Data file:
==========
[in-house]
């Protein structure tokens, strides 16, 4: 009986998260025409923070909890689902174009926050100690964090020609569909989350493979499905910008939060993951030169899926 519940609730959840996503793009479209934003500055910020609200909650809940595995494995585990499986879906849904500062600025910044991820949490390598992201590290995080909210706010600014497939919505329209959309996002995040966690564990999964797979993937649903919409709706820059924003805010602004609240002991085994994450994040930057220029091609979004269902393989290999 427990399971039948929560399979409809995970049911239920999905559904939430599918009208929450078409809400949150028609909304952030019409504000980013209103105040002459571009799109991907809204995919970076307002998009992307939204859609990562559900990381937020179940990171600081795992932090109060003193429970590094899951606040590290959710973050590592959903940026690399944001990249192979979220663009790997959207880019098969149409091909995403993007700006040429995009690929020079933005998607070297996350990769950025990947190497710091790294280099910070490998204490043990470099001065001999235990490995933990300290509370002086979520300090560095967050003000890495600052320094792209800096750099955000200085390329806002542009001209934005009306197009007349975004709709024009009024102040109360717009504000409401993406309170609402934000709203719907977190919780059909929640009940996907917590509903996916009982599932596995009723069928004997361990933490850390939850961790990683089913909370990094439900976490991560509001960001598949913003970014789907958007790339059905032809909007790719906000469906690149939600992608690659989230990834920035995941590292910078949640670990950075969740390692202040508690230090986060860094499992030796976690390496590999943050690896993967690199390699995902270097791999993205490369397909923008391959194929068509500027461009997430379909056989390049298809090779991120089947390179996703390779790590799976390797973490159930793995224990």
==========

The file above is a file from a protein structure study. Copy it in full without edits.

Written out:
[in-house]
């Protein structure tokens, strides 16, 4: 009986998260025409923070909890689902174009926050100690964090020609569909989350493979499905910008939060993951030169899926 519940609730959840996503793009479209934003500055910020609200909650809940595995494995585990499986879906849904500062600025910044991820949490390598992201590290995080909210706010600014497939919505329209959309996002995040966690564990999964797979993937649903919409709706820059924003805010602004609240002991085994994450994040930057220029091609979004269902393989290999 427990399971039948929560399979409809995970049911239920999905559904939430599918009208929450078409809400949150028609909304952030019409504000980013209103105040002459571009799109991907809204995919970076307002998009992307939204859609990562559900990381937020179940990171600081795992932090109060003193429970590094899951606040590290959710973050590592959903940026690399944001990249192979979220663009790997959207880019098969149409091909995403993007700006040429995009690929020079933005998607070297996350990769950025990947190497710091790294280099910070490998204490043990470099001065001999235990490995933990300290509370002086979520300090560095967050003000890495600052320094792209800096750099955000200085390329806002542009001209934005009306197009007349975004709709024009009024102040109360717009504000409401993406309170609402934000709203719907977190919780059909929640009940996907917590509903996916009982599932596995009723069928004997361990933490850390939850961790990683089913909370990094439900976490991560509001960001598949913003970014789907958007790339059905032809909007790719906000469906690149939600992608690659989230990834920035995941590292910078949640670990950075969740390692202040508690230090986060860094499992030796976690390496590999943050690896993967690199390699995902270097791999993205490369397909923008391959194929068509500027461009997430379909056989390049298809090779991120089947390179996703390779790590799976390797973490159930793995224990």